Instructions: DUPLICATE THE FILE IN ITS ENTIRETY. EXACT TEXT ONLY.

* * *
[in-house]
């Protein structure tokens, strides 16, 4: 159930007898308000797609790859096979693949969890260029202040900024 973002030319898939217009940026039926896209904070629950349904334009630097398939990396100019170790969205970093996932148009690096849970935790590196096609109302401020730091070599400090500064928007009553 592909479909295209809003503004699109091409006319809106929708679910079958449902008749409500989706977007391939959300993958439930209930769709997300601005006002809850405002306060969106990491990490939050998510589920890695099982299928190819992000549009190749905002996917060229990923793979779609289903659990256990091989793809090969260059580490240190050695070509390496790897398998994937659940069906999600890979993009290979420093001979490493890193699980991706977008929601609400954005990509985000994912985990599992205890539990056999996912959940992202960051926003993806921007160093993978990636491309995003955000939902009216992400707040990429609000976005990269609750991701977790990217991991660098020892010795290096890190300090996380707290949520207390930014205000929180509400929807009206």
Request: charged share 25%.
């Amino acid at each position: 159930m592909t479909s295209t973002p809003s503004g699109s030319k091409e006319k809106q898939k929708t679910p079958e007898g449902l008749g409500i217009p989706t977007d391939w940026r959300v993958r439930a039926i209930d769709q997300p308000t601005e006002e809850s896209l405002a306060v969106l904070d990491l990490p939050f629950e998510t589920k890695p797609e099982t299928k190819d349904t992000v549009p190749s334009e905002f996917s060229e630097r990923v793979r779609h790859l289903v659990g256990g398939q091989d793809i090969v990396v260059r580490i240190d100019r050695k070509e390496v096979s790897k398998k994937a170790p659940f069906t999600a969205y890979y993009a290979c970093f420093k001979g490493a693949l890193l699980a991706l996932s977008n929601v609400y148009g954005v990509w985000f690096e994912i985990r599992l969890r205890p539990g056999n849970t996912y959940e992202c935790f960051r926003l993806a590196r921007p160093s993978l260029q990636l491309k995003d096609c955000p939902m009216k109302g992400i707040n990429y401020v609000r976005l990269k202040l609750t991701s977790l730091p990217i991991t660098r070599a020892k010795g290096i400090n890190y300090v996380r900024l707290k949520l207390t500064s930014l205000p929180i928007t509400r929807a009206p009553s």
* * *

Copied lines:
[in-house]
């Protein structure tokens, strides 16, 4: 159930007898308000797609790859096979693949969890260029202040900024 973002030319898939217009940026039926896209904070629950349904334009630097398939990396100019170790969205970093996932148009690096849970935790590196096609109302401020730091070599400090500064928007009553 592909479909295209809003503004699109091409006319809106929708679910079958449902008749409500989706977007391939959300993958439930209930769709997300601005006002809850405002306060969106990491990490939050998510589920890695099982299928190819992000549009190749905002996917060229990923793979779609289903659990256990091989793809090969260059580490240190050695070509390496790897398998994937659940069906999600890979993009290979420093001979490493890193699980991706977008929601609400954005990509985000994912985990599992205890539990056999996912959940992202960051926003993806921007160093993978990636491309995003955000939902009216992400707040990429609000976005990269609750991701977790990217991991660098020892010795290096890190300090996380707290949520207390930014205000929180509400929807009206």
Request: charged share 25%.
């Amino acid at each position: 159930m592909t479909s295209t973002p809003s503004g699109s030319k091409e006319k809106q898939k929708t679910p079958e007898g449902l008749g409500i217009p989706t977007d391939w940026r959300v993958r439930a039926i209930d769709q997300p308000t601005e006002e809850s896209l405002a306060v969106l904070d990491l990490p939050f629950e998510t589920k890695p797609e099982t299928k190819d349904t992000v549009p190749s334009e905002f996917s060229e630097r990923v793979r779609h790859l289903v659990g256990g398939q091989d793809i090969v990396v260059r580490i240190d100019r050695k070509e390496v096979s790897k398998k994937a170790p659940f069906t999600a969205y890979y993009a290979c970093f420093k001979g490493a693949l890193l699980a991706l996932s977008n929601v609400y148009g954005v990509w985000f690096e994912i985990r599992l969890r205890p539990g056999n849970t996912y959940e992202c935790f960051r926003l993806a590196r921007p160093s993978l260029q990636l491309k995003d096609c955000p939902m009216k109302g992400i707040n990429y401020v609000r976005l990269k202040l609750t991701s977790l730091p990217i991991t660098r070599a020892k010795g290096i400090n890190y300090v996380r900024l707290k949520l207390t500064s930014l205000p929180i928007t509400r929807a009206p009553s």